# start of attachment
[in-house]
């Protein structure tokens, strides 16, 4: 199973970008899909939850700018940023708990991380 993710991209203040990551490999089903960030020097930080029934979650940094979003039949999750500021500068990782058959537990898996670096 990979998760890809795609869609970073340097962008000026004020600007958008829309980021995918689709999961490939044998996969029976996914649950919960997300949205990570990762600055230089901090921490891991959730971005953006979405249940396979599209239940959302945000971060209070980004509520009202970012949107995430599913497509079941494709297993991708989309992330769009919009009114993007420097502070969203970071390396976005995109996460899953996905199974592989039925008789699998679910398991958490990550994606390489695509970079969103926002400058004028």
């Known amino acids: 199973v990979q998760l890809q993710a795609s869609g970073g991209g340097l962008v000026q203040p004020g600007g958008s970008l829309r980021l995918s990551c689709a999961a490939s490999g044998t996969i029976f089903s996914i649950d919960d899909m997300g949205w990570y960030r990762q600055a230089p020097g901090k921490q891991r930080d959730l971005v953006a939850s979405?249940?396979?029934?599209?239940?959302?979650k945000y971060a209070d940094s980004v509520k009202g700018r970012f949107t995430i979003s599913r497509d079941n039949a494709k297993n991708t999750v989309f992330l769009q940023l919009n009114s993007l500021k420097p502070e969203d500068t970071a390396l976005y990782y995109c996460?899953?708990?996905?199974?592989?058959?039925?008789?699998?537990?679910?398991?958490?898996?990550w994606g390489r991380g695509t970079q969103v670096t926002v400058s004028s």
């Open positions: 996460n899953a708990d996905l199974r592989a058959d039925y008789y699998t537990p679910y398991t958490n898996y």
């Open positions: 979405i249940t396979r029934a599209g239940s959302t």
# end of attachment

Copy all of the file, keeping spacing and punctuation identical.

[in-house]
């Protein structure tokens, strides 16, 4: 199973970008899909939850700018940023708990991380 993710991209203040990551490999089903960030020097930080029934979650940094979003039949999750500021500068990782058959537990898996670096 990979998760890809795609869609970073340097962008000026004020600007958008829309980021995918689709999961490939044998996969029976996914649950919960997300949205990570990762600055230089901090921490891991959730971005953006979405249940396979599209239940959302945000971060209070980004509520009202970012949107995430599913497509079941494709297993991708989309992330769009919009009114993007420097502070969203970071390396976005995109996460899953996905199974592989039925008789699998679910398991958490990550994606390489695509970079969103926002400058004028």
């Known amino acids: 199973v990979q998760l890809q993710a795609s869609g970073g991209g340097l962008v000026q203040p004020g600007g958008s970008l829309r980021l995918s990551c689709a999961a490939s490999g044998t996969i029976f089903s996914i649950d919960d899909m997300g949205w990570y960030r990762q600055a230089p020097g901090k921490q891991r930080d959730l971005v953006a939850s979405?249940?396979?029934?599209?239940?959302?979650k945000y971060a209070d940094s980004v509520k009202g700018r970012f949107t995430i979003s599913r497509d079941n039949a494709k297993n991708t999750v989309f992330l769009q940023l919009n009114s993007l500021k420097p502070e969203d500068t970071a390396l976005y990782y995109c996460?899953?708990?996905?199974?592989?058959?039925?008789?699998?537990?679910?398991?958490?898996?990550w994606g390489r991380g695509t970079q969103v670096t926002v400058s004028s």
């Open positions: 996460n899953a708990d996905l199974r592989a058959d039925y008789y699998t537990p679910y398991t958490n898996y």
């Open positions: 979405i249940t396979r029934a599209g239940s959302t």